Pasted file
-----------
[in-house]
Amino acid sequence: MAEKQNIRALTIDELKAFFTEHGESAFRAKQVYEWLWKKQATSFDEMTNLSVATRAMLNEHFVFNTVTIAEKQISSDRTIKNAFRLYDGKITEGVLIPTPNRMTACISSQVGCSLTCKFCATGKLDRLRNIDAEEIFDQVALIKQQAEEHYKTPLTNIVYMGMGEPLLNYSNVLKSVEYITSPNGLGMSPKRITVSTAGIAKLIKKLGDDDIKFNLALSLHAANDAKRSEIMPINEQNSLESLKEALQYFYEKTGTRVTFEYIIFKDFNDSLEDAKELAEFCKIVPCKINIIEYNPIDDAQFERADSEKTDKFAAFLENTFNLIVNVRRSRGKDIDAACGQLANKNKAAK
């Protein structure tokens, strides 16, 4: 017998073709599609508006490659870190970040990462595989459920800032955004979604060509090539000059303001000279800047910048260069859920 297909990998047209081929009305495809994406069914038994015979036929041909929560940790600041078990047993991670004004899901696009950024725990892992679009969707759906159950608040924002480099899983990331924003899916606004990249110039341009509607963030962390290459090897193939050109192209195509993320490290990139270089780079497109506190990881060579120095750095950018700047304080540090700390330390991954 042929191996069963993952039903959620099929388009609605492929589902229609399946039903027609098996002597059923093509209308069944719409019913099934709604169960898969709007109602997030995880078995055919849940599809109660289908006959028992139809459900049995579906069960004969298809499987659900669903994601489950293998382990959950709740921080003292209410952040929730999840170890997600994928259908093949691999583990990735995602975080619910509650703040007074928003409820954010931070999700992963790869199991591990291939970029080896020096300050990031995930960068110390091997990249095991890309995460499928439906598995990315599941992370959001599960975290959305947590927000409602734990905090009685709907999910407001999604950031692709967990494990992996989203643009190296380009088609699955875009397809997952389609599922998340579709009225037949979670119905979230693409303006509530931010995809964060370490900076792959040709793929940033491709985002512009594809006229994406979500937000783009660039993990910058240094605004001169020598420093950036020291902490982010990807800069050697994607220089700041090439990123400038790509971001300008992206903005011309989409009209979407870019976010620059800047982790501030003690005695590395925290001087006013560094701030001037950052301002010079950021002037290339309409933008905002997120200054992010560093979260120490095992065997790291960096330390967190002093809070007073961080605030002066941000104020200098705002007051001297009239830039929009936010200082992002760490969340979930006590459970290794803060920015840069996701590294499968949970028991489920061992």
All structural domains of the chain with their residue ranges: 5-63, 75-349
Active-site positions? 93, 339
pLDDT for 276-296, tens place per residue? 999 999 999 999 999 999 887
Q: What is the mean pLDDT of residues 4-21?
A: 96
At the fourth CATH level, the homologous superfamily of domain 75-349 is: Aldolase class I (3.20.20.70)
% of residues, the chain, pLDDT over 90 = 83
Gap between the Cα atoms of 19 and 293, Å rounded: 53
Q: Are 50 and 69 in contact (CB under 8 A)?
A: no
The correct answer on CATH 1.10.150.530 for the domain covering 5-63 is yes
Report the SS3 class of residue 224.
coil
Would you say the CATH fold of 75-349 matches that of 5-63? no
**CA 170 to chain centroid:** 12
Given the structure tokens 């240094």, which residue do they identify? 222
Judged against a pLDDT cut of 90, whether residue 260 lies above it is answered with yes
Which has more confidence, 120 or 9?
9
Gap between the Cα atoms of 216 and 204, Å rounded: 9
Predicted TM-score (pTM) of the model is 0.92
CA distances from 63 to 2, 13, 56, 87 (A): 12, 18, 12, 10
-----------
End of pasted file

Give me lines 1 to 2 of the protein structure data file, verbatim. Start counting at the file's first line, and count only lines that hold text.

[in-house]
Amino acid sequence: MAEKQNIRALTIDELKAFFTEHGESAFRAKQVYEWLWKKQATSFDEMTNLSVATRAMLNEHFVFNTVTIAEKQISSDRTIKNAFRLYDGKITEGVLIPTPNRMTACISSQVGCSLTCKFCATGKLDRLRNIDAEEIFDQVALIKQQAEEHYKTPLTNIVYMGMGEPLLNYSNVLKSVEYITSPNGLGMSPKRITVSTAGIAKLIKKLGDDDIKFNLALSLHAANDAKRSEIMPINEQNSLESLKEALQYFYEKTGTRVTFEYIIFKDFNDSLEDAKELAEFCKIVPCKINIIEYNPIDDAQFERADSEKTDKFAAFLENTFNLIVNVRRSRGKDIDAACGQLANKNKAAK